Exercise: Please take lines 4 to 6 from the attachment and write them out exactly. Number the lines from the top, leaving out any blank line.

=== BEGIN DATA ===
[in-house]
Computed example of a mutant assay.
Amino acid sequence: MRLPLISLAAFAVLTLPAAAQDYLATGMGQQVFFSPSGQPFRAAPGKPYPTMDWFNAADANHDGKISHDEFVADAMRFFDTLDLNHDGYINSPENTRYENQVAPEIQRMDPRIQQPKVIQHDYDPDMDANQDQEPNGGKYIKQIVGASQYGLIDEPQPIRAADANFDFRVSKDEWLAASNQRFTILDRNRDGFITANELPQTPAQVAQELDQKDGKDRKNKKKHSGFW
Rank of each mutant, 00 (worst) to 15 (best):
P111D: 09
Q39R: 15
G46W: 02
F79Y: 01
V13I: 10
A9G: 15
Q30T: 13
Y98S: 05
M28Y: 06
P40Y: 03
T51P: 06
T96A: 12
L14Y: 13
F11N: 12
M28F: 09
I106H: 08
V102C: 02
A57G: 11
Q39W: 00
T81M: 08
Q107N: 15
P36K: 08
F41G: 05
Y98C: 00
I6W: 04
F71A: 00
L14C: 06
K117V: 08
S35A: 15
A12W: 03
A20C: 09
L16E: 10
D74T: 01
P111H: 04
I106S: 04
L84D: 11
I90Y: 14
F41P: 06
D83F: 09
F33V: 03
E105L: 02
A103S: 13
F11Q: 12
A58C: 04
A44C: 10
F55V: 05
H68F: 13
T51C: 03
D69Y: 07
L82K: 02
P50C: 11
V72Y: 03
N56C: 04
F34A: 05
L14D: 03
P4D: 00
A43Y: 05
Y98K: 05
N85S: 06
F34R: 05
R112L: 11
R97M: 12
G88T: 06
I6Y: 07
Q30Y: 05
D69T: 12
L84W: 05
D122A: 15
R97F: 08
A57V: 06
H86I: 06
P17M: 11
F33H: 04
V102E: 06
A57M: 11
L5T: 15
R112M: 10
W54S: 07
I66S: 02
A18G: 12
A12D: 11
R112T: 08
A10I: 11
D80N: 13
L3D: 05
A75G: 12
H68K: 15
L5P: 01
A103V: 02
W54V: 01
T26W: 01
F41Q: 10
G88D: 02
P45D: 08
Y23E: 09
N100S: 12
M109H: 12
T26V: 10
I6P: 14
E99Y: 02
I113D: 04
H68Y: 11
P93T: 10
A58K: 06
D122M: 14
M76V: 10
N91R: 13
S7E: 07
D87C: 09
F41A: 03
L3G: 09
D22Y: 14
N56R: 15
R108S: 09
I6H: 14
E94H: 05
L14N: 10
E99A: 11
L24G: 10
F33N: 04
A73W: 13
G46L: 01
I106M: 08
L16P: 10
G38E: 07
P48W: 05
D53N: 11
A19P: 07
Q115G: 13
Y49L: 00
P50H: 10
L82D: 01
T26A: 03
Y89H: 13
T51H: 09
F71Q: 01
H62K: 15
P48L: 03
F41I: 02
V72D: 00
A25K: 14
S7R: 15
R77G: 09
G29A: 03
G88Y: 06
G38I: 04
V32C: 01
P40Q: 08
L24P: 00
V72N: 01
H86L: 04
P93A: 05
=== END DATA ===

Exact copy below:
Rank of each mutant, 00 (worst) to 15 (best):
P111D: 09
Q39R: 15